Bryan Savic for the Arizona Daily Star
Cannon Winkler was ready to climb the corporate ladder when he graduated from the University of Arizona with a dual major in business management and entrepreneurship in 2019.
He had no idea at the time that he would soon answer a different call halfway around the world, creating works of art from wild trails to support animal conservation efforts.
Winkler, who now lives in Sedona, creates large-scale abstract paintings using molds of wild animal footprints he collected during his training to become a field guide in South Africa in 2020.
He sells the works under the name “Walks of Life” and donates part of the proceeds to African Parks Network, a South African non-profit organization focused on fighting poaching and rehabilitating animals in the country.
“In terms of conservation, I think I was kind of born with that connection to wildlife,” Winkler said. “I just didn’t know how I was going to help until I found out ‘Walks of Life’. “
Winkler had only left the AU for a short time before realizing that business was a path, not a passion.
He wanted to do something more meaningful with his life, something that would feed his spirit and make his efforts worthwhile.
For Winkler, that meant working with animals.
“I think there are personal videos of me when I’m in kindergarten saying I’m going to be a zoologist,” Winkler said.
Winkler ignored more traditional forms of animal care, caring for dogs and cats, and instead found himself on a flight to Limpopo province in the Bushveld forests of South Africa, to work with creatures larger, such as lions and rhinos, buffaloes and giraffes.
Winkler participated in a program during his stay, which helped him receive formal training from the Southern African Field Guides Association (FGASA).
“It was a good way to put my feet on the ground and learn useful skills on the pitch,” he said.
It wasn’t there long before COVID-19 hit South Africa. The country has ordered residents to quarantine themselves in their homes, which means Winkler and his colleagues have been grounded in training camp for months.
The extended time allowed Winkler to work on his training as a guide, but also to perfect his artistic side.
Winkler began experimenting by making molds of wild animal tracks he found near his camp using silicone, then arranging those tracks on canvas in divergent patterns.
“The idea is that everything on the canvas is actually from a real animal,” Winkler said. “The lion print you see is from a lion that is still living in Africa today.”
Winkler likens his process to that of a taxidermist, but “it’s just a lot more environmentally friendly,” he said.
Before Winkler made molds for caterpillars, he had to find them first. At night, he listened from his bed in the camp to the sounds of nearby animals, which gave him insight into the patterns of the different animals and the paths they regularly walked.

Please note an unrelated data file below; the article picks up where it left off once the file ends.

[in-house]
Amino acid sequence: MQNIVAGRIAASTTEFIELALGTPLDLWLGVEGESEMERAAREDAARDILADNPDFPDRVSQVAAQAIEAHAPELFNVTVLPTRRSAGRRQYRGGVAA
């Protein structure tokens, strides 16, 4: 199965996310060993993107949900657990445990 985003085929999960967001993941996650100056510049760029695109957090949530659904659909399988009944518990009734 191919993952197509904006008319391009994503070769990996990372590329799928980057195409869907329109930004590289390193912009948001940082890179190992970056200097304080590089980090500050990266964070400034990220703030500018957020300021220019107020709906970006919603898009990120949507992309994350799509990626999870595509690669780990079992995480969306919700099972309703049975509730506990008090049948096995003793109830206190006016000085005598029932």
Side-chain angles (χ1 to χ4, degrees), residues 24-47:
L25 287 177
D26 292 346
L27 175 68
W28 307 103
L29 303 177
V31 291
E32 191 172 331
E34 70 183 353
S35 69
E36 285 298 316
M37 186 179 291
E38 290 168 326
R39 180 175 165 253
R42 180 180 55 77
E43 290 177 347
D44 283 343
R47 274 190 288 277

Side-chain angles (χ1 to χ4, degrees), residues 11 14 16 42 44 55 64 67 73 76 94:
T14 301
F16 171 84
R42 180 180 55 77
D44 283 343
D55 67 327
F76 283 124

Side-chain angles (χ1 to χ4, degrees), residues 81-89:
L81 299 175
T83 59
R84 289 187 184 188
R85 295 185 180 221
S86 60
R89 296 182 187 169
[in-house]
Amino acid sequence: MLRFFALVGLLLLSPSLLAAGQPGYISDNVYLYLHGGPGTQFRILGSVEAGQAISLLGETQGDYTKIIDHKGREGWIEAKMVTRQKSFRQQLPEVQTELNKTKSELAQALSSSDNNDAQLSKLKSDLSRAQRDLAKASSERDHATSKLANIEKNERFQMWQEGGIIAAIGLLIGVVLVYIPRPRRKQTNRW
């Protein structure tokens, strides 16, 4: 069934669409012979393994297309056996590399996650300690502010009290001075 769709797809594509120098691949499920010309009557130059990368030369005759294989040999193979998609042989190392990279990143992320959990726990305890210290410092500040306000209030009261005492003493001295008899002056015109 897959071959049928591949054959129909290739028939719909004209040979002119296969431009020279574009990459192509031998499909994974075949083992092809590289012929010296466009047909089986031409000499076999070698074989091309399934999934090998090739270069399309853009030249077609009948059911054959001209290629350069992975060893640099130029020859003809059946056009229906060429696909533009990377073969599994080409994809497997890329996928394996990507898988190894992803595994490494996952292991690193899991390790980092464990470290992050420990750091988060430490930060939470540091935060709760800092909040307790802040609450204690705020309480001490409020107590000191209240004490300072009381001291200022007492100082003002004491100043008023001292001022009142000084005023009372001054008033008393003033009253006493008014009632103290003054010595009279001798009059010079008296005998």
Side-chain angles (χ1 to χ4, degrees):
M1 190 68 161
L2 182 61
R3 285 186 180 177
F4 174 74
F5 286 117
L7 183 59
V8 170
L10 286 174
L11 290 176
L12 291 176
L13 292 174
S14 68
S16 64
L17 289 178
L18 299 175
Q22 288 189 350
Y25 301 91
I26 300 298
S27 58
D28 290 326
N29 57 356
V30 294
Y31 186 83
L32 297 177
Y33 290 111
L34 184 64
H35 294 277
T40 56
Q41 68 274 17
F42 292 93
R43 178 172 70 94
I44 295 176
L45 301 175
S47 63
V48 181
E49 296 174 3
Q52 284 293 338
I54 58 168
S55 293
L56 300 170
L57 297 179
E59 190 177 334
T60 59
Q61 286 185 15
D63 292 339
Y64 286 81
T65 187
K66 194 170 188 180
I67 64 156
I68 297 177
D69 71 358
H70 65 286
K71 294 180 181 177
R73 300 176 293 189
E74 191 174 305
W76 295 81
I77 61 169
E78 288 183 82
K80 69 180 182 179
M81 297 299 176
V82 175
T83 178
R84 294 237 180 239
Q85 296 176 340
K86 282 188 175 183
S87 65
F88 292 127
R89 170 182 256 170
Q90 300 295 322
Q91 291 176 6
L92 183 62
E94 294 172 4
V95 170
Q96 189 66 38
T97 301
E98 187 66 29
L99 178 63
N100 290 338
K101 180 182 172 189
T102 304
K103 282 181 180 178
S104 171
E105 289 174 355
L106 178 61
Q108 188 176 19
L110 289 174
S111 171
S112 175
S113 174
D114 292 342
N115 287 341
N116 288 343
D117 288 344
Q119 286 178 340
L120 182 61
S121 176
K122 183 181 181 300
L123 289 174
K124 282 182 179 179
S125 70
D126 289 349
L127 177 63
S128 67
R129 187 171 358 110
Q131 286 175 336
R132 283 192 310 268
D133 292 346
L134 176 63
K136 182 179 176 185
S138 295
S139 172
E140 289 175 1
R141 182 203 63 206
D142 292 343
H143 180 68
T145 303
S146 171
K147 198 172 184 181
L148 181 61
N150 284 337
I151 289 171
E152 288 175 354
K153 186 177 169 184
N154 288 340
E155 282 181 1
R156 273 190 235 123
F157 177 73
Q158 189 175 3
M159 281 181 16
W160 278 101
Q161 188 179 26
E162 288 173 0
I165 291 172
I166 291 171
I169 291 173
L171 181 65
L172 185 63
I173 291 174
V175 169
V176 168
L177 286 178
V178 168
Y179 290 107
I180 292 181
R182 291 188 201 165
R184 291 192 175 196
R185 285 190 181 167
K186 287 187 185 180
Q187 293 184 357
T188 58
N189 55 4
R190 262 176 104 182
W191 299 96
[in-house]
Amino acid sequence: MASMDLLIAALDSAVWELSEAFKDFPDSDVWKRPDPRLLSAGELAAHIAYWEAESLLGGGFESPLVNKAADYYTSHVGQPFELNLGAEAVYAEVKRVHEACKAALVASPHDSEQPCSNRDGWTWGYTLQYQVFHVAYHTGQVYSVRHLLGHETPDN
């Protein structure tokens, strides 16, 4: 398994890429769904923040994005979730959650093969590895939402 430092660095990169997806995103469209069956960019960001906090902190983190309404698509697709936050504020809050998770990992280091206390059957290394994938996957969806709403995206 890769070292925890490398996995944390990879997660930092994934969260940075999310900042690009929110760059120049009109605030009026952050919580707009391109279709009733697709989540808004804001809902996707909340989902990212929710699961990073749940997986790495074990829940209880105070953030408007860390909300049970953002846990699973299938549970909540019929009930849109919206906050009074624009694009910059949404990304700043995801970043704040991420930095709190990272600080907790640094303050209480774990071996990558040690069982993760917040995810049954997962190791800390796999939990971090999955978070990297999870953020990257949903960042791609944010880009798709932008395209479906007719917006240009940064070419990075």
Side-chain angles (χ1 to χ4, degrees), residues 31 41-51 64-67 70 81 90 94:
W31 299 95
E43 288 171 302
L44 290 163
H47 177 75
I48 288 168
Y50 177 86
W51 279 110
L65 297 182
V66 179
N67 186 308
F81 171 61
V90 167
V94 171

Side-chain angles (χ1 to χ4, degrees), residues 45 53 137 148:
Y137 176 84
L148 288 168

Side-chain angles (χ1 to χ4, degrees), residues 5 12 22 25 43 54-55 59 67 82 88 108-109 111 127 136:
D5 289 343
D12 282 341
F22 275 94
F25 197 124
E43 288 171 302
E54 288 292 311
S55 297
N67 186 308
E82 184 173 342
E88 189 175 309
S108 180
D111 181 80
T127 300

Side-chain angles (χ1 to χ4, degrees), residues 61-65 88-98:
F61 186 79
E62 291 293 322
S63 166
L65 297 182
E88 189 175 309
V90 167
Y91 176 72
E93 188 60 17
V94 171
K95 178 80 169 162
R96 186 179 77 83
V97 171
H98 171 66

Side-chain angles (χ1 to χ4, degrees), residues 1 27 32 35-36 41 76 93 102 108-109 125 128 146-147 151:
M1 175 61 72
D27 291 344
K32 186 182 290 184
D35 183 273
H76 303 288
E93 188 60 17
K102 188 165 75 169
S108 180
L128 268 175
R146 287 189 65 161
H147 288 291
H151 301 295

In the morning, he looked for traces left by animals the day before or even days earlier.
Safety has always been a concern. He was walking, after all, among potential predators.
“Once you’ve learned what to listen to, what to avoid and how to act, you can move around with a certain level of safety,” he said.
Winkler said he sometimes follows in the footsteps to a point where the impression is more pronounced, such as in mud or clay. Once he was convinced he had found the best print, he injected silicone into the print and waited 24 hours for it to harden, covering the mold to prevent other animals from stepping on it.
“Wildebeests love to step on them,” Winkler said. “I don’t know why but I’ve had a lot of trails ruined by wildebeest.”
The prints would then be transferred to canvas using acrylic paint.
Winkler compares his art to “things like a cave, an Aboriginal dream, Bushmen cave paintings, Eastern mandalas,” he said.
“For me and my art, I try to express something very wild, but at the same time universally human,” Winkler explained. “I think with a lot of these ancient art forms you get that feeling of something very primitive, but we can relate to it.”
Winkler’s colleague Thomas Wilson, who oversees the management of the Kololo Game Reserve in South Africa where Winkler worked for six months after his initial training, said he had never heard of anyone doing art from wild tracks.
“I got goosebumps,” Wilson said. “I just didn’t know how it was going to play out or how he was going to implement it. The basic concept, I found it absolutely exhilarating because I had never seen it before.
Marine biologist Jennifer Palmer, who also worked with Winkler on the reserve, struggled to figure out what he was looking for when he first brought up the idea. But she said she knew it would be something special after going with him to collect leads.
“It took me a little while to fully understand what he was doing, so it was quite fun watching the whole experience unfold,” Palmer said. “Once I realized what he was creating and how unique this story became, I was really excited.”
As far as Winkler knows, no one has attempted to create art using traces of wild animals.
After South Africa lifted its lockdown restrictions last year, Wilson left the country and returned home to Arizona, where he held an exhibition of his “Walks of Life” paintings at Jarrod’s Coffee, Tea and Gallery in Mesa. He is currently seeking gallery space in Tucson, he said.
Winkler said he plans to return to Africa in 2022 to collect leads from a different ecosystem for the second round. After that, he targets the jungles of Central Africa to hunt down gorillas, okapis, forest elephants and other animals.
“The long-term plan is to do a series of paintings of a different ecosystem each year,” Winkler said.